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P 47 Thunderbolt In Bomb Blast
P 47 Thunderbolt In Bomb Blast
P 47 Thunderbolt In Bomb Blast
P 47 Thunderbolt In Bomb Blast
P 47 Thunderbolt In Bomb Blast

“Hit By My Own Blast”

The target of the 353rd Fighter Group on June 6, 1944, was a grouping of German armored trucks and other vehicles, six miles south of Mortain, France. A P-47 Thunderbolt, piloted by Flight Officer Earl W. Green, dove towards the target.

His flight leader, Captain James N. Poindexter (himself shot down and killed over Germany months later, on January 3, 1945) reported that:

…F/O Green released his bombs at too low an altitude for safety. His ship was apparently seriously damaged by the blast…..he was last heard on the radio to say (just before bailing out), “I ran too low. Hit my own blast.” I heard this and then observed him parachute from the smoking plane.”

F/O Green, 23 years old, from Klamath Falls, Oregon, had been in the military just short of four years. He was now alone, in occupied France, miles from the Allied ground forces moving across Normandy. He was badly wounded, with third degree burns on his right leg, right wrist, and around his eyes.

After walking for an hour, he discarded his holster and carried his .45 caliber pistol inside his flight jacket. Soon, he heard shots fired nearby.  According to his own testimony, he next “met three enemy soldiers, shot all three by walking up to them first with one hand in the air”.

He was next hidden in a French farm house for almost six weeks and given some rudimentary medical treatment. Then he was moved to the city of Mayenne, where he hid for another three weeks.  While there, he witnessed numerous Allied bombing attacks on the area. He also assisted a member of the French resistance in writing up messages to be sent to Allied forces in the area.  The messages were attached to homing pigeons and included information on local German radar facilities.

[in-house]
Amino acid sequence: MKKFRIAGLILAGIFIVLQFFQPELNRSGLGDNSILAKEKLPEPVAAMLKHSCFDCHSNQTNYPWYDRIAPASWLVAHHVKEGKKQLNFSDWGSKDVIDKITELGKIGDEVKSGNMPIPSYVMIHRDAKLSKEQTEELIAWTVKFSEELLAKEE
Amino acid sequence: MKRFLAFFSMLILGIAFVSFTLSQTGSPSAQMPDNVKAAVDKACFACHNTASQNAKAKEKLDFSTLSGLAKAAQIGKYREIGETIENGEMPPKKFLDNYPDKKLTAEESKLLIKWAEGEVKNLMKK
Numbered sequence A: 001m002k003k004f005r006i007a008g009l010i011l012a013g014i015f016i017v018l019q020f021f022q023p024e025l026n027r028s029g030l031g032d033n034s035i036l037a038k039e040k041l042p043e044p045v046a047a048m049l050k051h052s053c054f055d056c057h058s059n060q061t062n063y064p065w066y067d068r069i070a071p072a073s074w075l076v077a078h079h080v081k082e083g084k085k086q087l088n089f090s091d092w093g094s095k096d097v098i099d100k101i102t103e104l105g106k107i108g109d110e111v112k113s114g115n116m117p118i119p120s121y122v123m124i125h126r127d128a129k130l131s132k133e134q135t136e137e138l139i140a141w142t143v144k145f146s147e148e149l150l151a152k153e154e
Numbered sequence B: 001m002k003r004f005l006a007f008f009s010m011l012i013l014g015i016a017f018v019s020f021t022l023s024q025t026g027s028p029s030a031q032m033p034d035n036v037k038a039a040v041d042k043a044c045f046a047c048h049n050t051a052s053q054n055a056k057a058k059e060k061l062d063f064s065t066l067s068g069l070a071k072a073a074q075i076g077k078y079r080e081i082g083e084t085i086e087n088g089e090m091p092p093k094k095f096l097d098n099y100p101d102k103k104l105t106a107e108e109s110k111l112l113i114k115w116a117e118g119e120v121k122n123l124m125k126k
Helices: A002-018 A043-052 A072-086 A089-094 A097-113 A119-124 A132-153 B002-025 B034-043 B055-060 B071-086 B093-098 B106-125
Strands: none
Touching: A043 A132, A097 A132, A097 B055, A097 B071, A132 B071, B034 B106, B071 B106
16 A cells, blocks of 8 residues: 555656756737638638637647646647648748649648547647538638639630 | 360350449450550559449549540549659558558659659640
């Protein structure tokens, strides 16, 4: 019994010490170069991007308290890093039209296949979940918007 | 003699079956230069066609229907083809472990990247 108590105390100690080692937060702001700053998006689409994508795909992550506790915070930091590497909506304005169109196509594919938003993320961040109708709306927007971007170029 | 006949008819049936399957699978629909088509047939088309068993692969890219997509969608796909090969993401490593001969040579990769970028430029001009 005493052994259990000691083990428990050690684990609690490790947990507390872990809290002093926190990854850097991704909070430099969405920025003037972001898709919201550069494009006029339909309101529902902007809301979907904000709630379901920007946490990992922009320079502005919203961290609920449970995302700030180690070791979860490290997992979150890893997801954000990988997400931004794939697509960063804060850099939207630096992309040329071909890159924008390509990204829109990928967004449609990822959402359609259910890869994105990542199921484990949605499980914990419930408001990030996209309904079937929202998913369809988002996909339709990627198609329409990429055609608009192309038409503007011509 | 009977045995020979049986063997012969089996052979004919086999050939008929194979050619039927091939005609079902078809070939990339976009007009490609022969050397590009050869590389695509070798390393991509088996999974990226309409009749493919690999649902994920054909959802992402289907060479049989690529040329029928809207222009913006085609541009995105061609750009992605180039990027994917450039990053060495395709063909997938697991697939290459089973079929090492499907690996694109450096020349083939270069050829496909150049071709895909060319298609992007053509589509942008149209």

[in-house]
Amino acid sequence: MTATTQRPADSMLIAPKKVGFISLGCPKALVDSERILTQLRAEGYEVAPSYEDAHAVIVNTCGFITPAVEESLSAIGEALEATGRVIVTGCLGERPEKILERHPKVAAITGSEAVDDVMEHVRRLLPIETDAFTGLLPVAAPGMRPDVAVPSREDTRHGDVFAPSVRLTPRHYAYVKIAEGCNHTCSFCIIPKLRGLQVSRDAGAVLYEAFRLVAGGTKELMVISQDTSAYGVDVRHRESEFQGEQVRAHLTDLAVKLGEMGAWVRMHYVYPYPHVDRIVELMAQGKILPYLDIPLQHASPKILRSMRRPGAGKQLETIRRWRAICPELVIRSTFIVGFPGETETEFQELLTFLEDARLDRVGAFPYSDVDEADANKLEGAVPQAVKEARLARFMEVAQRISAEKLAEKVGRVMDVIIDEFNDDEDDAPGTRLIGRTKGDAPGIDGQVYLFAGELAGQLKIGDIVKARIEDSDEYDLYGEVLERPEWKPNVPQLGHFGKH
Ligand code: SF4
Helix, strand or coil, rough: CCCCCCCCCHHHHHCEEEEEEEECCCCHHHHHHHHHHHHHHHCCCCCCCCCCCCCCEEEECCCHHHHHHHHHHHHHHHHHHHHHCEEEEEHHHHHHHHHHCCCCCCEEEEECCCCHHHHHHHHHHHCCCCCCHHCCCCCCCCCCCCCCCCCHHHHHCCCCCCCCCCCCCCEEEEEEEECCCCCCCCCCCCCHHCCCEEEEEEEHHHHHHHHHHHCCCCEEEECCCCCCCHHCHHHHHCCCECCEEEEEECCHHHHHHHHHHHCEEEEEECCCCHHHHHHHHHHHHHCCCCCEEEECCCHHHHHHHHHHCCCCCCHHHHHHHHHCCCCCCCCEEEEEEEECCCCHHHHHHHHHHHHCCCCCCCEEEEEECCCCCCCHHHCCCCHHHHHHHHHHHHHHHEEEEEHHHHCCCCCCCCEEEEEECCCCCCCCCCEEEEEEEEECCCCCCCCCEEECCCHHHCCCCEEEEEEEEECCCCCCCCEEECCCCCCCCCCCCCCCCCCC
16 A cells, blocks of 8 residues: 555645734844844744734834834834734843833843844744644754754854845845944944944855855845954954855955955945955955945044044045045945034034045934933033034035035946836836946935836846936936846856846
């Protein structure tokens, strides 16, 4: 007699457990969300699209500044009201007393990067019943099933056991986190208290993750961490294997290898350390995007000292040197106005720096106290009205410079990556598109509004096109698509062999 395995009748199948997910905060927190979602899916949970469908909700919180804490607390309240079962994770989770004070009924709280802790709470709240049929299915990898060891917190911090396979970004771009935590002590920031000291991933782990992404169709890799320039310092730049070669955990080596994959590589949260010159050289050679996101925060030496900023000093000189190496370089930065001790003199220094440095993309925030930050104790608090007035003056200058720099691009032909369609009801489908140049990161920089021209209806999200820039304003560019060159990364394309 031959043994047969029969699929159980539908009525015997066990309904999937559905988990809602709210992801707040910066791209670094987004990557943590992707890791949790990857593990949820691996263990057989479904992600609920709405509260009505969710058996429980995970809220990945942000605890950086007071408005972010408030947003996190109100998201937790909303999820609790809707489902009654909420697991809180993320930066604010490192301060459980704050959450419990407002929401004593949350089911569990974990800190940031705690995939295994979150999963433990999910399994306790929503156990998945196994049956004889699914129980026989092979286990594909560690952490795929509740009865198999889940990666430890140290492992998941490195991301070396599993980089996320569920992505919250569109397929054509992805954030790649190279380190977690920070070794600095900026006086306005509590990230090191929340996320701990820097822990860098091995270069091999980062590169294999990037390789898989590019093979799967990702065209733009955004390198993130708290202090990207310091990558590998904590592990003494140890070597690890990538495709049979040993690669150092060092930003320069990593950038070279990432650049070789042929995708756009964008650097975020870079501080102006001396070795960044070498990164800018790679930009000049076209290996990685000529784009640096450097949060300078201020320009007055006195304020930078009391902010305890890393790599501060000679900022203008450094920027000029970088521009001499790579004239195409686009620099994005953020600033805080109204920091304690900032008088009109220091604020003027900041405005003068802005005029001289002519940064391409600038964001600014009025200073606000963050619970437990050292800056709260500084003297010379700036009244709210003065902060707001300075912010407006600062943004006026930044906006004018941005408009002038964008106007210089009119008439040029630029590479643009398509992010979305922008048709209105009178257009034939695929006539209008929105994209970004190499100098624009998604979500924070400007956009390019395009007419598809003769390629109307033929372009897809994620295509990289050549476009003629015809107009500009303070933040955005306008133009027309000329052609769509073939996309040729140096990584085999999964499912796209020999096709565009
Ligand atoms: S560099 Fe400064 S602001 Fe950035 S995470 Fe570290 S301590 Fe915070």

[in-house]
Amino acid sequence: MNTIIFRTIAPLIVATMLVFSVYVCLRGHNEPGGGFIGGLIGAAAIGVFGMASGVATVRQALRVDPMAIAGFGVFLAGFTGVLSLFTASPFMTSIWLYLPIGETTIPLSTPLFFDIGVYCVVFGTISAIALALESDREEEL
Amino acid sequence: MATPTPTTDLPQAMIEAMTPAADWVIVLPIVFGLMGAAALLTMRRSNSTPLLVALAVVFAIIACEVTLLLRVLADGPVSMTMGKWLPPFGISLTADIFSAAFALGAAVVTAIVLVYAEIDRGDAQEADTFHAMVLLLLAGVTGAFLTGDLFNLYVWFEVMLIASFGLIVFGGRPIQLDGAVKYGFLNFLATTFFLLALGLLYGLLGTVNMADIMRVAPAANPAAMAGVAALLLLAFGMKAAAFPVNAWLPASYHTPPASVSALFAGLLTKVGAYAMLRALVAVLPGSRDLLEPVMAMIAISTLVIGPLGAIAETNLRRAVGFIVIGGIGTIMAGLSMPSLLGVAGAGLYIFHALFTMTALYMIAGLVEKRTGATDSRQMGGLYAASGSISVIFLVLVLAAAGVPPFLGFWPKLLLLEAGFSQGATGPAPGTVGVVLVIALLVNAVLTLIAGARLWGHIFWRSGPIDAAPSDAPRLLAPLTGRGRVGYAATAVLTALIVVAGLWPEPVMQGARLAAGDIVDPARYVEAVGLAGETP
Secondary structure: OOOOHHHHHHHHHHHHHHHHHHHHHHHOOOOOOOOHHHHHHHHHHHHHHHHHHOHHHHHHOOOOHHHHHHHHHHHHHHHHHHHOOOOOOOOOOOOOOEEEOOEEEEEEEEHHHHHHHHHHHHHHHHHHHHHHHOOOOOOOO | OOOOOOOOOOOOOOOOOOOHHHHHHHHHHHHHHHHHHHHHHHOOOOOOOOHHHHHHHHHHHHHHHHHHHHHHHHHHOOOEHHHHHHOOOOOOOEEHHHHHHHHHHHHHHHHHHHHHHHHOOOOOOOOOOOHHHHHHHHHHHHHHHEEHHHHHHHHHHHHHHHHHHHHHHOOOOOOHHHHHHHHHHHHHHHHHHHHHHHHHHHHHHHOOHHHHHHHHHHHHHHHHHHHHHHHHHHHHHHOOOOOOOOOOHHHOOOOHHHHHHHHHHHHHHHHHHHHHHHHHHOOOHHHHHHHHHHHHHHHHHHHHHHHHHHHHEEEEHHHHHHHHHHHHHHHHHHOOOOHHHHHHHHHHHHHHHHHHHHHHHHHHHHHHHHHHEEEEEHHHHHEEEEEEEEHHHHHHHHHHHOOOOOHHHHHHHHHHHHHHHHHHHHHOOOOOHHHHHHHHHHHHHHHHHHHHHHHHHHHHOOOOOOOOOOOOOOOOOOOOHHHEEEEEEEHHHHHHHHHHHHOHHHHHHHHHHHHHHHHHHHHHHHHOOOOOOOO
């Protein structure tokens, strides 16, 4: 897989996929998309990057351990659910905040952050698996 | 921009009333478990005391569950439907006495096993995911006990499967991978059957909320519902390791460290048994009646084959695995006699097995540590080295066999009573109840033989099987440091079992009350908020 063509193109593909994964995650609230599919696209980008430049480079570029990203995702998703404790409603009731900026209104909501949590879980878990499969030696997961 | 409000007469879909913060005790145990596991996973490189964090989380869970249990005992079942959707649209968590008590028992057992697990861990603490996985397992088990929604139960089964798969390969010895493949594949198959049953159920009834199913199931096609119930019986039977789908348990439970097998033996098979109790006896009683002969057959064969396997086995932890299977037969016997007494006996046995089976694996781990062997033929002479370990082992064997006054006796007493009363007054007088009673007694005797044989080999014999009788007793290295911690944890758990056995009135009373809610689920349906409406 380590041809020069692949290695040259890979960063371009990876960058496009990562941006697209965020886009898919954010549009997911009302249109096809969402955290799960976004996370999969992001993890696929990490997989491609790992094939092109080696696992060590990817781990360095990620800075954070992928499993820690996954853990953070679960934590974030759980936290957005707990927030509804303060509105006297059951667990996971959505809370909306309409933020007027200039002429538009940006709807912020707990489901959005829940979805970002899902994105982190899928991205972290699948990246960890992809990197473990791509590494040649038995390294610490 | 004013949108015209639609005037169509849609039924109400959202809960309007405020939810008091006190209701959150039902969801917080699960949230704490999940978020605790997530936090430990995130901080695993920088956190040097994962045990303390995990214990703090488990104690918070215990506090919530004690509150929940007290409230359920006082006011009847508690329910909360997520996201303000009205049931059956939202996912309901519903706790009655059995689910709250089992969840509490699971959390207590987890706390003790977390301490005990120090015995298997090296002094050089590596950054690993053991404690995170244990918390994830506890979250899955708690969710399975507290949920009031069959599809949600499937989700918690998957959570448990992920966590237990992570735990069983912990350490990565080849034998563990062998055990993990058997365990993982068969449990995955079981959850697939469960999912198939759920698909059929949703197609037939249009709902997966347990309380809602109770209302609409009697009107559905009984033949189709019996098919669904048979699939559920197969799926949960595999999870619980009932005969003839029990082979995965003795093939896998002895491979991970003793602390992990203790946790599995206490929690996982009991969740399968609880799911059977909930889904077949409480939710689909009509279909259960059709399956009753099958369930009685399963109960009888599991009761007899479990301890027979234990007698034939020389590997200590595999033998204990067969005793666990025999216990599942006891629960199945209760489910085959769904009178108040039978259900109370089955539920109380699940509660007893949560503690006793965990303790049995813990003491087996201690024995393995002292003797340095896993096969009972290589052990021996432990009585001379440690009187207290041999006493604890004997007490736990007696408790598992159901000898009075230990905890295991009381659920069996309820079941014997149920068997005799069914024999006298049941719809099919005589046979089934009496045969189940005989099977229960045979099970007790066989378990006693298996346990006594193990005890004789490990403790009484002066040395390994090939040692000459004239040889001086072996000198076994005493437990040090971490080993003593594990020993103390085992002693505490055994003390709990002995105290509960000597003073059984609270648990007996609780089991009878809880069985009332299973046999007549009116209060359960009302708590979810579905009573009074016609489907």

After the city of Mayenne was taken by the Allies, F/O Green was sent to a hospital and then through military channels back to England.  After his return, he was interviewed, and asked to provide guidance to any flyers who might themselves attempt to escape and evade in the future.

His commented that “the enemy was always shooting some one for one thing or another.  They…were scared of the French.  All were dirty and drunk and causing trouble for everyone…”

The final question on the form was: “Do you have any suggestions to make which, from your experience, you feel will help other evaders and escapers?”

Flight Officer Green’s response was, “No. All Germans will fire at plane…with everything they have.”

He was back in England in October of 1944 and he survived the War.

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